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Caesarea Maritima Introduction

Caesarea Maritima Introduction

For the 11 "folders" with pictures—see the listing in the left column.

Herod the Great constructed Caesarea between 22 and 10 B.C. on the small site that had been called Strato's Tower. It is located on the coast of the Sharon Plain. During the New Testament era, it was the main port of Palestine, and Rome's representatives ruled Palestine from here for almost 600 years.

It is mentioned 17 times in the New Testament. It was visited by Philip (Acts 8:40) and by Saul (9:30). Here Cornelius was converted to Christianity (Acts 10-11). Herod Agrippa I died here (12:19) in A.D. 44. Paul passed through it at the end of his second (18:22) and third (21:8, 16) missionary journeys. Paul was a prisoner in Caesarea for several years, before appealing to Caesar and sailing to Rome.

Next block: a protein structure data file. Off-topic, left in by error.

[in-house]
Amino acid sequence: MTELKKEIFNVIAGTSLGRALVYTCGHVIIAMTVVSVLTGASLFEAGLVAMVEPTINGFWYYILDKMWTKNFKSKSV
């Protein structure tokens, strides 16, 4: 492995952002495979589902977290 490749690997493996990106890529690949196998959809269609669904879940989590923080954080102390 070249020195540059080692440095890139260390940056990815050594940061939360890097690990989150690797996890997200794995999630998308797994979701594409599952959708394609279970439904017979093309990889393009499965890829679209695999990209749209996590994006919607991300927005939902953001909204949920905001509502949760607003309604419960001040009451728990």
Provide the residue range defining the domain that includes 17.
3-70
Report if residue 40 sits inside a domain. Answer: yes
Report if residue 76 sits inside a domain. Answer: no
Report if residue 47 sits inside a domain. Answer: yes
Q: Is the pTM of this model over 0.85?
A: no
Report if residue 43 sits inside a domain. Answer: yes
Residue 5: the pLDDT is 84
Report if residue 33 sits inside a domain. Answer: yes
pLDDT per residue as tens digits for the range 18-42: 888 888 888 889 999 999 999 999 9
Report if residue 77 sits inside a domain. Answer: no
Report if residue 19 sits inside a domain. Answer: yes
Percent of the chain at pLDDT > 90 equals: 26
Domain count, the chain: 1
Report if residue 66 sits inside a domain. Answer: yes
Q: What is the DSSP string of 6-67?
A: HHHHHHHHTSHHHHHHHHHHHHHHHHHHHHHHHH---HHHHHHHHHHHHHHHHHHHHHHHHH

The Herodian city had a population of about 40,000, the Byzantine 100,000, and the Crusader city only 12,000 at the most. During the Roman and Byzantine periods, it boasted a theater, several palaces, an amphitheater,  a hippodrome, a synagogue, three aqueducts, bathhouses, temples, and three harbors - the largest being called "Sebastos," after the emperor.

During the Byzantine period, it was famous for its library and a variety of Christian scholars - namely Pamphilius, Origen, and Eusebius.

It has been and continues to be, excavated by a number of archaeological teams.